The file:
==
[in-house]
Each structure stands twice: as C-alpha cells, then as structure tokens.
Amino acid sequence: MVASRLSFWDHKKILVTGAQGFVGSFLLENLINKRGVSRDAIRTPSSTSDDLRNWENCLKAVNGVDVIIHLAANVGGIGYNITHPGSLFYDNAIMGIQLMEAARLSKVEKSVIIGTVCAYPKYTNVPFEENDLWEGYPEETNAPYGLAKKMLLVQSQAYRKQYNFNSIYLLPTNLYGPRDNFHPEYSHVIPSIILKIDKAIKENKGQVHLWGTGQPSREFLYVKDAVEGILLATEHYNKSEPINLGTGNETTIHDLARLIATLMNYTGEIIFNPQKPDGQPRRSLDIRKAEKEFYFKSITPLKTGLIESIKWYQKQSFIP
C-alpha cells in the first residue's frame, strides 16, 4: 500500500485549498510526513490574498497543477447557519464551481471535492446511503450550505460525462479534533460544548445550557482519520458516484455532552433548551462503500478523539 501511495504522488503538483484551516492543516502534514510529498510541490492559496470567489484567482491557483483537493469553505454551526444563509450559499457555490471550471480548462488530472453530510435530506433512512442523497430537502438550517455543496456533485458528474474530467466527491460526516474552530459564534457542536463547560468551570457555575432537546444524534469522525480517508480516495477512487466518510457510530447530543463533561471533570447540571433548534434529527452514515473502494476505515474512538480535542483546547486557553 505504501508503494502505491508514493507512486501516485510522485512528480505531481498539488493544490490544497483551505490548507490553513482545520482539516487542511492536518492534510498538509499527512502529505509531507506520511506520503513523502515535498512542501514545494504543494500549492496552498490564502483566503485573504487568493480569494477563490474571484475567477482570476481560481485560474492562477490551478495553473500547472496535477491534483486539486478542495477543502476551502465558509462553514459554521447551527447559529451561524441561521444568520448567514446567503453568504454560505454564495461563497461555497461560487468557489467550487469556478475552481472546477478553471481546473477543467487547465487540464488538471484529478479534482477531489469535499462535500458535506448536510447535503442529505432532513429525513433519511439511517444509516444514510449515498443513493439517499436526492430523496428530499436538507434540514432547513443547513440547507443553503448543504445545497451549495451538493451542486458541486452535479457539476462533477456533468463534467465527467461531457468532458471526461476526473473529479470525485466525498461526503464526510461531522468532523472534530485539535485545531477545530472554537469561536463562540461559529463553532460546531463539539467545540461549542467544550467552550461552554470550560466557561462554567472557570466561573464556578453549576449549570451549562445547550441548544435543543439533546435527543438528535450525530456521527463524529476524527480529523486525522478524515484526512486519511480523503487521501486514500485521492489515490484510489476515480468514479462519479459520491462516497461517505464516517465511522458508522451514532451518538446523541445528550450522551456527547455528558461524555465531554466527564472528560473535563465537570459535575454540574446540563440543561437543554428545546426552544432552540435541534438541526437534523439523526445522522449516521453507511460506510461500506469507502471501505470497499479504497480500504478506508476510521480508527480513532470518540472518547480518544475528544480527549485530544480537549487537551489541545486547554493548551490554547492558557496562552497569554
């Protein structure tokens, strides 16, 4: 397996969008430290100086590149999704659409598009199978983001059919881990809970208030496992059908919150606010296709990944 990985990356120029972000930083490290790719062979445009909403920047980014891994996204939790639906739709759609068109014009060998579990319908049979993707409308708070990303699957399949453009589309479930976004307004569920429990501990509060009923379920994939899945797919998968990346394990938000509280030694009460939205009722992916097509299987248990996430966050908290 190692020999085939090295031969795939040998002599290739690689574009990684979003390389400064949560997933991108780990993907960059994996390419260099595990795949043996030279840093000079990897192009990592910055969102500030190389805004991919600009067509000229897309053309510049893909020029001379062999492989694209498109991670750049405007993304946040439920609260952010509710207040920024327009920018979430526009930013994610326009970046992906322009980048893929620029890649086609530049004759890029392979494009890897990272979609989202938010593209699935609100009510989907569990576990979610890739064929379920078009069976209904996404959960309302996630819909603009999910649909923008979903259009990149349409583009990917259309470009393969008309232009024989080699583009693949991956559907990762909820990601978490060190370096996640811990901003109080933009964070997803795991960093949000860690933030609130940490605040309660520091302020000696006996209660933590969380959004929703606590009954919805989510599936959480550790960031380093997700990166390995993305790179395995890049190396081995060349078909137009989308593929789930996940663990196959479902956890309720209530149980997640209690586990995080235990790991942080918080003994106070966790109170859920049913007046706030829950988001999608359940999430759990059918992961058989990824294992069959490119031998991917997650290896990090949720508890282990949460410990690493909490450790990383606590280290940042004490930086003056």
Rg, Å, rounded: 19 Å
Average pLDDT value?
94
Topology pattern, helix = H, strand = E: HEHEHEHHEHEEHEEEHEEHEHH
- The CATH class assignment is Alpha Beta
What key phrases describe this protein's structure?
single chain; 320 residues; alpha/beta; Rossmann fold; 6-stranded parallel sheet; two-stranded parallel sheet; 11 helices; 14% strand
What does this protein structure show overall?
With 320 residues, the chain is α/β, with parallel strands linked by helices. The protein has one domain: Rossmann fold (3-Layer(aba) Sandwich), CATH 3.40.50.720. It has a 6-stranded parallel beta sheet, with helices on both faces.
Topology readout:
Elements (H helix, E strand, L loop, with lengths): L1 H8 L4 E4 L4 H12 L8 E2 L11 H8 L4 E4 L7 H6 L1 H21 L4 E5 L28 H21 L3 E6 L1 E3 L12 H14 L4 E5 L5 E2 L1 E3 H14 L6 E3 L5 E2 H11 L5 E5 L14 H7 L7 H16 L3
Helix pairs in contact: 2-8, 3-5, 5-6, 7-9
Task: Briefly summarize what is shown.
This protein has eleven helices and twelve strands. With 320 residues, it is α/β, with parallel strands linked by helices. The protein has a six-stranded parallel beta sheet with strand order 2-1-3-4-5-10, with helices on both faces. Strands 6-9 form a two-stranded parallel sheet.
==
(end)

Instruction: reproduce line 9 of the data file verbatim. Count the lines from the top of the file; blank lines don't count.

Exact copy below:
Topology pattern, helix = H, strand = E: HEHEHEHHEHEEHEEEHEEHEHH